There's a boom in natural gas production in the United States, a boom so big the market is having trouble absorbing it all.
The unusually warm weather this winter is one reason for the excess, since it reduced the need for people to burn gas to heat their homes. A bigger reason, however, is the huge increase in gas production made possible by new methods of coaxing gas out of shale rock formations.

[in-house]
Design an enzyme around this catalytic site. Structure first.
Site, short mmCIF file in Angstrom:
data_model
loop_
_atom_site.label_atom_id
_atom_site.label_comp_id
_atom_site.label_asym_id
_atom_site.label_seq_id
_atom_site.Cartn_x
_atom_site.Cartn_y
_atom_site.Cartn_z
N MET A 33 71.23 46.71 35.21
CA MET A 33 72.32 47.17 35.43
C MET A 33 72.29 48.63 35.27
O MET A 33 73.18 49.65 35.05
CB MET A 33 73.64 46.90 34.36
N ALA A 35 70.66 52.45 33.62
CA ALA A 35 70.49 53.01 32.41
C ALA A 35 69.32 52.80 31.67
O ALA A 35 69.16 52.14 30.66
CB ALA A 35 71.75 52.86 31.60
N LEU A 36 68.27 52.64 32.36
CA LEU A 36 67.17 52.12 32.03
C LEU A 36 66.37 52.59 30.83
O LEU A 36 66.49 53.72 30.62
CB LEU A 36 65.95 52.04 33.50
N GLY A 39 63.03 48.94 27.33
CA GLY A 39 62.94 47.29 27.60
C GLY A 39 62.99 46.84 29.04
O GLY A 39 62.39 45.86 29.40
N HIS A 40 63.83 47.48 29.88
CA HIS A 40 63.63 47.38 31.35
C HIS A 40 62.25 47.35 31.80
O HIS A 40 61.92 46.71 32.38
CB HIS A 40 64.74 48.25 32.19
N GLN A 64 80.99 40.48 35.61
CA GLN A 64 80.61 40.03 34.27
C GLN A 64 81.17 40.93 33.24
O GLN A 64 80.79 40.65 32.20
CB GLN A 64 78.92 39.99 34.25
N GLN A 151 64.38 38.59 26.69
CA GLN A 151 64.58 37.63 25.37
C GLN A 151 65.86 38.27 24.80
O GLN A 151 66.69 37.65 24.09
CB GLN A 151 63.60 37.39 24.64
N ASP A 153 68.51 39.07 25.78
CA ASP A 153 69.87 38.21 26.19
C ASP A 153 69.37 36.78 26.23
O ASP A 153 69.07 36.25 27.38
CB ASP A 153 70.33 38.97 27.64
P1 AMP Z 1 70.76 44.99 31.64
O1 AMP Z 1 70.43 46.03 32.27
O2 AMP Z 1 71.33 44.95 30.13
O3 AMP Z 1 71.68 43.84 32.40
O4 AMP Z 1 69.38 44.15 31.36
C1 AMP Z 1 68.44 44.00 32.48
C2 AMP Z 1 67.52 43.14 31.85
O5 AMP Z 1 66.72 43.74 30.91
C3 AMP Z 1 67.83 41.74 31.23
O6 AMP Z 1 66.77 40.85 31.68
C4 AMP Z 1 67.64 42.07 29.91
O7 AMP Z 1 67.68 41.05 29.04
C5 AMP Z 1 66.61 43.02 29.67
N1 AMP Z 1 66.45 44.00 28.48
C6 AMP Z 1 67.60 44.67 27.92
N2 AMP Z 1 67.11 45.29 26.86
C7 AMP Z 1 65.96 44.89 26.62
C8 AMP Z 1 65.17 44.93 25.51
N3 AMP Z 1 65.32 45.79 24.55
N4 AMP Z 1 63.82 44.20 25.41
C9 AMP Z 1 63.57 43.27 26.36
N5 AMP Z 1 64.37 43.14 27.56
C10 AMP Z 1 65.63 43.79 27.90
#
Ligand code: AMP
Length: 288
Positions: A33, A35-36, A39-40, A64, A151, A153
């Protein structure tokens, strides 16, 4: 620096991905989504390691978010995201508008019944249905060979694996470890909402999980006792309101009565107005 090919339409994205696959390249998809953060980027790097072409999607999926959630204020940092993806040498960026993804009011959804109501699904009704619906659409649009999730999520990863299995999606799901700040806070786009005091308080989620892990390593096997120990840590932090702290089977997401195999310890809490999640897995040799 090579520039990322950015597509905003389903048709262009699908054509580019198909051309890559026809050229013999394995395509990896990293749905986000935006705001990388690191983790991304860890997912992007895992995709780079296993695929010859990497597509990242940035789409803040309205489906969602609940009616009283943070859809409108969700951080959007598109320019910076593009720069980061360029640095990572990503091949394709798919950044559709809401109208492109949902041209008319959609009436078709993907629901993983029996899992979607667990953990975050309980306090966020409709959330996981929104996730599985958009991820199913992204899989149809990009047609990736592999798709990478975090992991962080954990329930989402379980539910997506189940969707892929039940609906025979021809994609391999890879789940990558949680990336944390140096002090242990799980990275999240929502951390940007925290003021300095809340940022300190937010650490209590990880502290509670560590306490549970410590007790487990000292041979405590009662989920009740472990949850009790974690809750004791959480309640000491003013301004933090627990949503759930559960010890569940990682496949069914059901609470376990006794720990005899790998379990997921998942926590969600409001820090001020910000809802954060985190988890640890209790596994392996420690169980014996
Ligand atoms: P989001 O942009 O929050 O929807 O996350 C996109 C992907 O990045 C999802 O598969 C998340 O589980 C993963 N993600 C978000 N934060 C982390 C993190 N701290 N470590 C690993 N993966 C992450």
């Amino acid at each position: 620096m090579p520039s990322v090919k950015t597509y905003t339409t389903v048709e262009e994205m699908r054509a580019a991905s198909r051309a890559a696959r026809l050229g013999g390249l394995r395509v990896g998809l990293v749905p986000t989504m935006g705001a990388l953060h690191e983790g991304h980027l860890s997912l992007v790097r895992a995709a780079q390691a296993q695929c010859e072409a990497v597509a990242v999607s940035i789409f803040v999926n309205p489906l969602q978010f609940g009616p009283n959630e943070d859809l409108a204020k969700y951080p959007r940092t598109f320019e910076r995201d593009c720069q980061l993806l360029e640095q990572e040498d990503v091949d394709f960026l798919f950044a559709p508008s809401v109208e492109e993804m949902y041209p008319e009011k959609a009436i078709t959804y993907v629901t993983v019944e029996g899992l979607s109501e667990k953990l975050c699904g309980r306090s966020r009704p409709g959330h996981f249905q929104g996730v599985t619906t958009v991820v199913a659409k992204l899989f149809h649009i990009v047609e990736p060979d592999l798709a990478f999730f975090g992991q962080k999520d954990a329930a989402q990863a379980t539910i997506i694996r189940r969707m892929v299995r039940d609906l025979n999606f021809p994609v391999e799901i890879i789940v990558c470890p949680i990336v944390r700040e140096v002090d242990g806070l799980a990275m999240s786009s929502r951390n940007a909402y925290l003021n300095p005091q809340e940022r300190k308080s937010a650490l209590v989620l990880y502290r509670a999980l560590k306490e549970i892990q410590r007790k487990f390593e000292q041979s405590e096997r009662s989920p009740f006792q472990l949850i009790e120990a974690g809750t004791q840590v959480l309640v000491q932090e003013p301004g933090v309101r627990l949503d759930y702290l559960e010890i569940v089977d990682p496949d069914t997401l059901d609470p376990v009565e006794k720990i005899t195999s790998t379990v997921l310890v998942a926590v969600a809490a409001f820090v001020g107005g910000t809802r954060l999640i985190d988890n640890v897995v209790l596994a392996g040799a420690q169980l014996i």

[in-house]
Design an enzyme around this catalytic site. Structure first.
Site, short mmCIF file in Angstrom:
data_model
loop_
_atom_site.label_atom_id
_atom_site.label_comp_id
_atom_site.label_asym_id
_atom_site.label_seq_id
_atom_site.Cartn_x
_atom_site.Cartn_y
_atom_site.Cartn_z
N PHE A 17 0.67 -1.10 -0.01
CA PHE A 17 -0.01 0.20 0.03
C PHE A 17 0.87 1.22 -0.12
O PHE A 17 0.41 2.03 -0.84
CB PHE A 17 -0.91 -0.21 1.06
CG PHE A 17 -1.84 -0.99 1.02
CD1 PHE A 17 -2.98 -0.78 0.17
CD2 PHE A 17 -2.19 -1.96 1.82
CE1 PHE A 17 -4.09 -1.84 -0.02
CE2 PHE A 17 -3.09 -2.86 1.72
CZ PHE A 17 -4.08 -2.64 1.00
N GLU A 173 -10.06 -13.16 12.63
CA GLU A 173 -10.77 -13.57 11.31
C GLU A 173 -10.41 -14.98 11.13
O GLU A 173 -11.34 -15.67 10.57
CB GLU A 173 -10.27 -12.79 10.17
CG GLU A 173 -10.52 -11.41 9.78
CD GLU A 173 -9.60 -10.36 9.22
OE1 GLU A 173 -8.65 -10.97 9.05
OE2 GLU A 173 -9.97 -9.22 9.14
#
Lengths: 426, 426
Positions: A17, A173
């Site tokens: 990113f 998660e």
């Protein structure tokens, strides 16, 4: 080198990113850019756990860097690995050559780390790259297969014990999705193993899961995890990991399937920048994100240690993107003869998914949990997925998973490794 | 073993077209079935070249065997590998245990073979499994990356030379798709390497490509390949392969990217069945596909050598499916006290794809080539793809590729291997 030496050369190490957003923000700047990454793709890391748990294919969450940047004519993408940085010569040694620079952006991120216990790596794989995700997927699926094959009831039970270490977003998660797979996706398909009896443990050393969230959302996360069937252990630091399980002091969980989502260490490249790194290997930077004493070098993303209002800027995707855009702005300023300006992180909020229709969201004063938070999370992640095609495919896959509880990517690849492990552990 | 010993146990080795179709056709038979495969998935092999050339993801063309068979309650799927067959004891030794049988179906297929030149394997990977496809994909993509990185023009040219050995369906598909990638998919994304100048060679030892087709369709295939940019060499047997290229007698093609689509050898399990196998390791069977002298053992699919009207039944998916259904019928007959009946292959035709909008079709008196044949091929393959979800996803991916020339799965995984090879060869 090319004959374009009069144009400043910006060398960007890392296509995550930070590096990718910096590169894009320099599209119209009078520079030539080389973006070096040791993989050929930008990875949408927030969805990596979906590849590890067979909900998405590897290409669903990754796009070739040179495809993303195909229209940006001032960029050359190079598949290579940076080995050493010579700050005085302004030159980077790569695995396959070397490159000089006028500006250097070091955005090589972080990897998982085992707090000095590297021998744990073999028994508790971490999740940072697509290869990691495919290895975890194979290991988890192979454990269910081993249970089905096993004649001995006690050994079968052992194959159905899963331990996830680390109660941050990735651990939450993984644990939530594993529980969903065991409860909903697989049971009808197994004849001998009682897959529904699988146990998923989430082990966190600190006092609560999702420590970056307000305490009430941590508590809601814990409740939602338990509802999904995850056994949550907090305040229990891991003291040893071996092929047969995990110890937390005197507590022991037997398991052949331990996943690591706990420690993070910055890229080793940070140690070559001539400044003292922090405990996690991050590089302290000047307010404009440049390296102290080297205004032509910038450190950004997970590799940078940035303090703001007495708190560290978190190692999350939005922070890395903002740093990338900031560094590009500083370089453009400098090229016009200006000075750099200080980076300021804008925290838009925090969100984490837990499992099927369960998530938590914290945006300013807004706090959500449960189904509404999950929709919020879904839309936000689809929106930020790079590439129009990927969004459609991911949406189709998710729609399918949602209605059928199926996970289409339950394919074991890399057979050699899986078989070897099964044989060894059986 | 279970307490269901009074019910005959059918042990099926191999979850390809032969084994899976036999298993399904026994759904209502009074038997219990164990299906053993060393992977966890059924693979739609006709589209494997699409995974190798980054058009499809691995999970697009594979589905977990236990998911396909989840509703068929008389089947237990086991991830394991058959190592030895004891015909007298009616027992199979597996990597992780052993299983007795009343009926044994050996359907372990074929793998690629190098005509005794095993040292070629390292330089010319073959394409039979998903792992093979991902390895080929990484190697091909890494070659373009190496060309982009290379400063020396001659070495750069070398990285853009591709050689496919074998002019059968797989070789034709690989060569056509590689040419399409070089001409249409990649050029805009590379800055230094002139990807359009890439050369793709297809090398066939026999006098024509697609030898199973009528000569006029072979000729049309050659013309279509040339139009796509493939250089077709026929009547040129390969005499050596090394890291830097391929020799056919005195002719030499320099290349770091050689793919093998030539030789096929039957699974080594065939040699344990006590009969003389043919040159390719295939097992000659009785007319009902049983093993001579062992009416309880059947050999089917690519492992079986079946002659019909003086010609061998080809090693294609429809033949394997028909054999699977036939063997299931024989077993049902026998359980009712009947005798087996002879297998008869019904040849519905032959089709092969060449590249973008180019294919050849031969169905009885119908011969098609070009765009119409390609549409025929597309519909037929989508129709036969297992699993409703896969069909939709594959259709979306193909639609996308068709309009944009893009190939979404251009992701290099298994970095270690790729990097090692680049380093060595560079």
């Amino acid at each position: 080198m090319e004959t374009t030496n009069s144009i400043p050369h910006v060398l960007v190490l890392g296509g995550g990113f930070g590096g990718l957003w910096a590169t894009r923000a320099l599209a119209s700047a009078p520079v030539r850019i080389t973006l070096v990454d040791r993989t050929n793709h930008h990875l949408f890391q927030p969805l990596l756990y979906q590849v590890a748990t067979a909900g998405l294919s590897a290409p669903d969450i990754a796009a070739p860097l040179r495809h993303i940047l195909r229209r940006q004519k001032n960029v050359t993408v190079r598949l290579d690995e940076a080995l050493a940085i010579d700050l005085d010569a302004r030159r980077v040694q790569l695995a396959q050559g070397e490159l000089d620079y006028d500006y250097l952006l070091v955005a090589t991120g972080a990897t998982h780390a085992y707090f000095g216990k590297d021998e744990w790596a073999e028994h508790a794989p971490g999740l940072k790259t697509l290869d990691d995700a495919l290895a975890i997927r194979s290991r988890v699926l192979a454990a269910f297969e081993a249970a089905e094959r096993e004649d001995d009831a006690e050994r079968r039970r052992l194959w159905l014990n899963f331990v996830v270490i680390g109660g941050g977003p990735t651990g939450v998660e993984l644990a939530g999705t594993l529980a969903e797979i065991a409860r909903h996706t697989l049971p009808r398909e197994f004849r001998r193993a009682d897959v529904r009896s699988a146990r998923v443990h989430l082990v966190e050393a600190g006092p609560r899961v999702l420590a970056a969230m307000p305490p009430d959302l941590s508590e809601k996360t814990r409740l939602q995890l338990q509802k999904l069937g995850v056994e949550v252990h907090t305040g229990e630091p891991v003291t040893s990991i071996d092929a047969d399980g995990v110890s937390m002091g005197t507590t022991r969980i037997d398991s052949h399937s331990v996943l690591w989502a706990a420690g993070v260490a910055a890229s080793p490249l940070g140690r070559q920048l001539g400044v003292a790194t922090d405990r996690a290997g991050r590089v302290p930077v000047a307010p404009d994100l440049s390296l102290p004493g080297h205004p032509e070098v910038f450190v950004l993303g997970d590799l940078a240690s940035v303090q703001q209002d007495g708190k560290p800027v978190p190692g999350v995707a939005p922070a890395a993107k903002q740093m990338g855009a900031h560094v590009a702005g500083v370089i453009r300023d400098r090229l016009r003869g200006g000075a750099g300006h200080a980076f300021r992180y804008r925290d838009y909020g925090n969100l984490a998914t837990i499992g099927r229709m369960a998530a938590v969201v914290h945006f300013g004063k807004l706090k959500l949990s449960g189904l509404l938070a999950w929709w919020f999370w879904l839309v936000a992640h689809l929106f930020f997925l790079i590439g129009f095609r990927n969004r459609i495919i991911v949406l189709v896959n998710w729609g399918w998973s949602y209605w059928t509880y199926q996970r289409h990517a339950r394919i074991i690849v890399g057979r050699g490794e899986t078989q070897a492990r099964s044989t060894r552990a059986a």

Peter Ricchiuti, a professor at Tulane University in New Orleans and an expert on oil and gas production, says the normal supply-and-demand laws of economics aren't working as they used to in the industry.
"Historically, this has always been kind of a self-governing mechanism," Ricchiuti says. "When natural gas prices got too low, you'd start to see the industry lay down rigs until prices went back up again, and it was very effective. It was sometimes jokingly referred to as the 'Redneck OPEC.' "
OPEC refers to the Organization of the Petroleum Exporting Countries, a grouping of the world's major oil producers.